Entries by Sheila Hamilton

How I Learned the Truth about “Magic Bullets”

In August of 2006, my former husband wasn’t sleeping well. He was stressed by the impending failure of his business, a marriage in shambles and his father’s worsening health. He needed help. He reached out to a friend of his, a doctor, who prescribed anti-depressants. Within 48 hours of taking his first pill, David announced, […]

Dealing with a mental illness? Here are your legal protections

One of the most beautiful and heart-wrenching experiences I’ve had since writing this blog is hearing your stories regarding mental health. A mother shared her hope after finally finding a medication that worked for her daughter’s depression and anxiety disorder. A daughter grieved the normalcy she had before her brother had his first schizophrenic break. And […]

A new stage of grief: forgiveness

Dr. Elisabeth Kubler-Ross has described the five stages of grief as denial, anger, bargaining, depression and acceptance. When a loved one commits suicide, that list is incomplete. We are haunted by the questions, “Why would he?” or “What could I have done differently?” I’d propose one more stage of grief to Kubler-Ross’s list in the […]

Unreachable

My father’s parents both died before he turned ten years old. He essentially grew up as an orphan, and yet he was the happiest person I’ve ever known. At the age of seventy-nine, he simply refused to believe that the cancer eating away at his jaw would ever claim him. “A bump in the road” […]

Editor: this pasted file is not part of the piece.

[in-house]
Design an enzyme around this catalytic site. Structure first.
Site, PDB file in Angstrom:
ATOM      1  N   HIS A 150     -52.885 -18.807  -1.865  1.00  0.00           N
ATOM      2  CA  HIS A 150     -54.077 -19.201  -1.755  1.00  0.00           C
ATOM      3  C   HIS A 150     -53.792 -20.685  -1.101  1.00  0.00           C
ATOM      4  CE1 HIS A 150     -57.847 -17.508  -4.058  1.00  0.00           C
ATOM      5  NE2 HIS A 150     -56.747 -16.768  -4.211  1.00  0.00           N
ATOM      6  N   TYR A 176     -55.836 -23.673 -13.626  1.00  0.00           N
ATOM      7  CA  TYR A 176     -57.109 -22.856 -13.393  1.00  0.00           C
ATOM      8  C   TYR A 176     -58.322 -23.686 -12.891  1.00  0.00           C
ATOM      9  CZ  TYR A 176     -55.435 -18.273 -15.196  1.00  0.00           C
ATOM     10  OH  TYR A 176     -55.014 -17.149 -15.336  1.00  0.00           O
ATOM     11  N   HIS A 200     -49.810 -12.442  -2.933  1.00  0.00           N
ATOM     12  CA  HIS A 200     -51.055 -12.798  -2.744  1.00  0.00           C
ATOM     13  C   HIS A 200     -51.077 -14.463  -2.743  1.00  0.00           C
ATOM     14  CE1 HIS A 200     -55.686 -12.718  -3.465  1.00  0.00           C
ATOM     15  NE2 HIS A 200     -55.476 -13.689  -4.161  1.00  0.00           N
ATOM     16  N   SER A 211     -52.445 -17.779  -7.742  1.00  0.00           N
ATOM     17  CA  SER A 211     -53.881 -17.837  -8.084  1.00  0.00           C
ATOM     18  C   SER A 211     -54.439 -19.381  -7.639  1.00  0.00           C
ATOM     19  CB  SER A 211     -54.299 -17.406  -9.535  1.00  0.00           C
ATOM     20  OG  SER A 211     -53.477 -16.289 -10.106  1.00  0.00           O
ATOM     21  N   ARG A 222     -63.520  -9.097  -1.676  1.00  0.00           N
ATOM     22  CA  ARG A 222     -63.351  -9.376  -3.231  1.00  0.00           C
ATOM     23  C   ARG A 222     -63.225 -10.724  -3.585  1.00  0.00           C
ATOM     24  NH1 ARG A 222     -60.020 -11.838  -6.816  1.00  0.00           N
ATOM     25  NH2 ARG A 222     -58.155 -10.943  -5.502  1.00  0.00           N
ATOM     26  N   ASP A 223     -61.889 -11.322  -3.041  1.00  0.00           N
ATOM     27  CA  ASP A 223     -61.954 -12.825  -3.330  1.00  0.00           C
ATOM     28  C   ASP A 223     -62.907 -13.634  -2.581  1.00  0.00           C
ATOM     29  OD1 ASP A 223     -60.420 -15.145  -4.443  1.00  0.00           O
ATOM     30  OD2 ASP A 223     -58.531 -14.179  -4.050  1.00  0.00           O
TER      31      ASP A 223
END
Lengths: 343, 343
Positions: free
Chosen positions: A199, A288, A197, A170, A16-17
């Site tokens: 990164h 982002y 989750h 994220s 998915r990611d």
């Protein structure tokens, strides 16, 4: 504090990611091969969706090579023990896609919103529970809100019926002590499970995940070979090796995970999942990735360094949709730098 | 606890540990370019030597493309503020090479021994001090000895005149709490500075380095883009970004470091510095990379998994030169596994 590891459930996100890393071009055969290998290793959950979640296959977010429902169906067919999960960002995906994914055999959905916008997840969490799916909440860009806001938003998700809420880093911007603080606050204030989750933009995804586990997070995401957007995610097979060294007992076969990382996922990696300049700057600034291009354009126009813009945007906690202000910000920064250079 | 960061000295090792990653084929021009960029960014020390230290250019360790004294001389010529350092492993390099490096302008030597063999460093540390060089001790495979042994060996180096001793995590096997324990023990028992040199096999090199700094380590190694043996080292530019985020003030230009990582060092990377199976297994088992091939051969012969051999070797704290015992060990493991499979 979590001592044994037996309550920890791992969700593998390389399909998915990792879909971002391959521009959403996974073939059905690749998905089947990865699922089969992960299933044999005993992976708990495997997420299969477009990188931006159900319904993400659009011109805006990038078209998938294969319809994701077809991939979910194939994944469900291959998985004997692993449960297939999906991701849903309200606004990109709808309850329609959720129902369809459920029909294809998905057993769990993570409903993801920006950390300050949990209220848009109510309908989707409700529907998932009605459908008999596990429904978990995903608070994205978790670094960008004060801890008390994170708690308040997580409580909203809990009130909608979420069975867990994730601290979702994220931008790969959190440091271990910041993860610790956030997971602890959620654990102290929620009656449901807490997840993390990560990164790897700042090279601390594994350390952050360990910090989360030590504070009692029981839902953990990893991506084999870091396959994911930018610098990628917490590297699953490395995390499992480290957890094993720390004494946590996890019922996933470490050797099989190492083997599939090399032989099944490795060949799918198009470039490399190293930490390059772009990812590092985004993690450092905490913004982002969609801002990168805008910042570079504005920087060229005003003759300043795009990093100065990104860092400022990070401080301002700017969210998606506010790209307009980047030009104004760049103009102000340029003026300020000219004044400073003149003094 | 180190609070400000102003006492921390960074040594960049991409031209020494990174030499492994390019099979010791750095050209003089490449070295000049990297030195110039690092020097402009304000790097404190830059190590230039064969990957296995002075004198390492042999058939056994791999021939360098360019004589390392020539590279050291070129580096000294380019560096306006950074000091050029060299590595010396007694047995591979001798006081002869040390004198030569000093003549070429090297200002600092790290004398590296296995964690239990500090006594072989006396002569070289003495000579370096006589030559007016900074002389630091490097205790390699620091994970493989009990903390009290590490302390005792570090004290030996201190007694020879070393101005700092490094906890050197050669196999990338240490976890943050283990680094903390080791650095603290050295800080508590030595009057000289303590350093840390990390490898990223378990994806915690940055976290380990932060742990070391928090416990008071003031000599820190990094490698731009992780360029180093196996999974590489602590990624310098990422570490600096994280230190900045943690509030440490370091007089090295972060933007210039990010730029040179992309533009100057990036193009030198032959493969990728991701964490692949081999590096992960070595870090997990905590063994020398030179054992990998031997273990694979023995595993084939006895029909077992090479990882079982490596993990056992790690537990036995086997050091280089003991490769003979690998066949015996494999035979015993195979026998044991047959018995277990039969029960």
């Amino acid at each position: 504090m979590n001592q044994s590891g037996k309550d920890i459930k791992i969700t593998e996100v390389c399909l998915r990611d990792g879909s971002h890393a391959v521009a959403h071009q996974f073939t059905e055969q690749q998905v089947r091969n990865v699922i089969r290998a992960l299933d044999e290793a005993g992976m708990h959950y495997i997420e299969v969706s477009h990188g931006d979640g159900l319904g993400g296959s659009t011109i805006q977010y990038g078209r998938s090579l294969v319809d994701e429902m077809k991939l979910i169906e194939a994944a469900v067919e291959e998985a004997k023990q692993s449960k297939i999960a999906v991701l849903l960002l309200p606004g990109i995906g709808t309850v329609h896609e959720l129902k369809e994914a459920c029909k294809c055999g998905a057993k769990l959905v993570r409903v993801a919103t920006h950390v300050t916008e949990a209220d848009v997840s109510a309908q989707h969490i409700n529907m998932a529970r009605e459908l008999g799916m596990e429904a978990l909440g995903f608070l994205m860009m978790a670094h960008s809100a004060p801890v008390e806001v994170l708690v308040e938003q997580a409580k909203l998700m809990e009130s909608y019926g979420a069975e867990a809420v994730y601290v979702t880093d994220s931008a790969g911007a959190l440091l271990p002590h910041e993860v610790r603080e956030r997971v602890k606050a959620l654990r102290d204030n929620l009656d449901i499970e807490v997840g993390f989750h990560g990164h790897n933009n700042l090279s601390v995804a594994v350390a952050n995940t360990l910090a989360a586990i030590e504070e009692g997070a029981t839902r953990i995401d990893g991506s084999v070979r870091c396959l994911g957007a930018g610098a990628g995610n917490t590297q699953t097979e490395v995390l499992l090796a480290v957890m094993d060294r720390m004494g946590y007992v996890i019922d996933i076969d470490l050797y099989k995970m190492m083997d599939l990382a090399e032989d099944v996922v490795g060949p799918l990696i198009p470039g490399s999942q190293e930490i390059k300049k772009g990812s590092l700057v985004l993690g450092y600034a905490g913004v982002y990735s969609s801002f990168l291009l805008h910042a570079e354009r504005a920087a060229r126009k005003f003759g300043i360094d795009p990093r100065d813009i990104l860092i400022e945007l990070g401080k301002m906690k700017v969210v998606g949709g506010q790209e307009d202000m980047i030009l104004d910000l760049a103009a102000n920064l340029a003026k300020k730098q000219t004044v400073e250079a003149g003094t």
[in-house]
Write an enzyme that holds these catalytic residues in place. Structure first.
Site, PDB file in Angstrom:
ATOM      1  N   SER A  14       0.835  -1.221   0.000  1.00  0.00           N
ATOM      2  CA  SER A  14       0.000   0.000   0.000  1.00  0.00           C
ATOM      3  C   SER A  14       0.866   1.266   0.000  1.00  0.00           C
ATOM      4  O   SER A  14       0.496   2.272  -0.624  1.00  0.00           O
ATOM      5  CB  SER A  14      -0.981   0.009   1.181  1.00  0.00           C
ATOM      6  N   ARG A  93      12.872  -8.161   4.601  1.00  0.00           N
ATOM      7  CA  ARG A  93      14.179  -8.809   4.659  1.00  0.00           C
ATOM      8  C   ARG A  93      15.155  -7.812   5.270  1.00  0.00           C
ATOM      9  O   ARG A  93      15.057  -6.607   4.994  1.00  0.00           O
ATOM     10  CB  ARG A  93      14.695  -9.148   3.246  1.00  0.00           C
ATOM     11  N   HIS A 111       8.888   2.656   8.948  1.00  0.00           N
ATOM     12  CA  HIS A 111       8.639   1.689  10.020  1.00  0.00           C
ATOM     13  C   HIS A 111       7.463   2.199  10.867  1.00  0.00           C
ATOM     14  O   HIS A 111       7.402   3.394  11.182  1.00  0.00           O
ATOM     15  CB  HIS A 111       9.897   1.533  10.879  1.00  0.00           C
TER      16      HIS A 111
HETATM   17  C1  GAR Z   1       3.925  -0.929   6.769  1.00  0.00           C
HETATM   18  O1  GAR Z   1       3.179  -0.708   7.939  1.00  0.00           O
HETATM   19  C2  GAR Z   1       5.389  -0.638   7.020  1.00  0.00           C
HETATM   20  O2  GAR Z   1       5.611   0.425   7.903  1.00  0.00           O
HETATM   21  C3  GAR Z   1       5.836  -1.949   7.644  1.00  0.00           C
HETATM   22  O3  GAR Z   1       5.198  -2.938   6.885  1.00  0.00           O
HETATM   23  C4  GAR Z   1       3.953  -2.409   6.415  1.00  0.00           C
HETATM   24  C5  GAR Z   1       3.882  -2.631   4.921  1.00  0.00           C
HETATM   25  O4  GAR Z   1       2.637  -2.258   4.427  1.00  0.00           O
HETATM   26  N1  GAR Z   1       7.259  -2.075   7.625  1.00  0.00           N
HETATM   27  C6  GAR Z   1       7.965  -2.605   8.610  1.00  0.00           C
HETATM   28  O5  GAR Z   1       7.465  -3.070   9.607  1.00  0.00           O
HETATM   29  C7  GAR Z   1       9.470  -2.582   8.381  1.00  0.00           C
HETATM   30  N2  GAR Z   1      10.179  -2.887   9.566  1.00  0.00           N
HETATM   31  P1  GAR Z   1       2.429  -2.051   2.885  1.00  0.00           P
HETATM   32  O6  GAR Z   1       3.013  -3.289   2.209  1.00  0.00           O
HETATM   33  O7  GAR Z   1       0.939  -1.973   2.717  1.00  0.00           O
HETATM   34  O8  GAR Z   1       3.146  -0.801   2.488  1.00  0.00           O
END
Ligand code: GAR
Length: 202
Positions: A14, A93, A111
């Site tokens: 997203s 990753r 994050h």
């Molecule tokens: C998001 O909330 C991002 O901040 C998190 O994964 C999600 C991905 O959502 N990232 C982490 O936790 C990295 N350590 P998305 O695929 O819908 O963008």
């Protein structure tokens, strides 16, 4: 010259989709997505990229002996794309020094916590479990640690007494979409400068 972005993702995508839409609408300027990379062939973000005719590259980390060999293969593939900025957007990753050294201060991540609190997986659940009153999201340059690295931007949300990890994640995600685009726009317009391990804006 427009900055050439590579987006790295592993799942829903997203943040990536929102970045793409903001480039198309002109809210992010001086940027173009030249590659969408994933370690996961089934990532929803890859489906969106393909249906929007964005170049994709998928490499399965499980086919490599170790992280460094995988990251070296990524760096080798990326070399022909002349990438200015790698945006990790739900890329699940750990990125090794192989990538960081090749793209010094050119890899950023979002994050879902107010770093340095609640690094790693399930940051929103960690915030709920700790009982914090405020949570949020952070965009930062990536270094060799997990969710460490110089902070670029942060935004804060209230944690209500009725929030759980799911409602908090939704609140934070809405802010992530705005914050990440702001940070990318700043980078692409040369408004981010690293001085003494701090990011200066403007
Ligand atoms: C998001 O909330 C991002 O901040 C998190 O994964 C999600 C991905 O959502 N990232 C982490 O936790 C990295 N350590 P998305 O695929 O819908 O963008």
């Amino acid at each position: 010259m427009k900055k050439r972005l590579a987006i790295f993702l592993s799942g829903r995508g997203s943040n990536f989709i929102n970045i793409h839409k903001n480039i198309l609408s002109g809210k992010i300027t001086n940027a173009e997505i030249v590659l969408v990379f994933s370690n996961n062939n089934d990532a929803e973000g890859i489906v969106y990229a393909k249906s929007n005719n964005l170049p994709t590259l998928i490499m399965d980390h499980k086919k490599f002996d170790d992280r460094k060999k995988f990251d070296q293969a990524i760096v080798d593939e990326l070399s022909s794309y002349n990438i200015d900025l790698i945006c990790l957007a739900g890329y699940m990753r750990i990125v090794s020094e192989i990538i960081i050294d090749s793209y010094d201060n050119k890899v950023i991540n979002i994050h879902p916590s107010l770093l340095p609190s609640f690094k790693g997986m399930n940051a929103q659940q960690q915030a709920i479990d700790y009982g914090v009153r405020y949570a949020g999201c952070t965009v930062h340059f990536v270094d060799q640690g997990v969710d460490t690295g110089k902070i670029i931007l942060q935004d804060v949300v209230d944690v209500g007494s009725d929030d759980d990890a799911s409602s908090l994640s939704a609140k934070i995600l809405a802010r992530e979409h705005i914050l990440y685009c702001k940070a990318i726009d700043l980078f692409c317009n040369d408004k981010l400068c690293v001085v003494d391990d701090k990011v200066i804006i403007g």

Kevin Hines: Survivor

When 28-year-old Kevin Hines hurled himself from the Golden Gate Bridge, his first thought was, “What the hell did I just do? I don’t want to die.” According to the New England Journal of Medicine, one-third to 80% of all suicide attempts are impulsive acts. Ninety percent of people who survive a suicide attempt do […]

Recovery is possible.

The one thing I wish more families heard when their loved one gets sick from a brain illness is this: Recovery is possible. In the days after David’s suicide attempt, I learned about the stubborn reliance on psychotropic drugs as the main solution for people in mental health crisis and I witnessed the shocking limitations of […]

INVISIBLE

My friend’s eight-year-old son punched a hole through the sheetrock of his new classroom two months ago. His parents had moved him from the elementary school he’d attended since kindergarten because he was eating his lunch alone or not eating at all. He refused to go on the family’s spring vacation and requested a home […]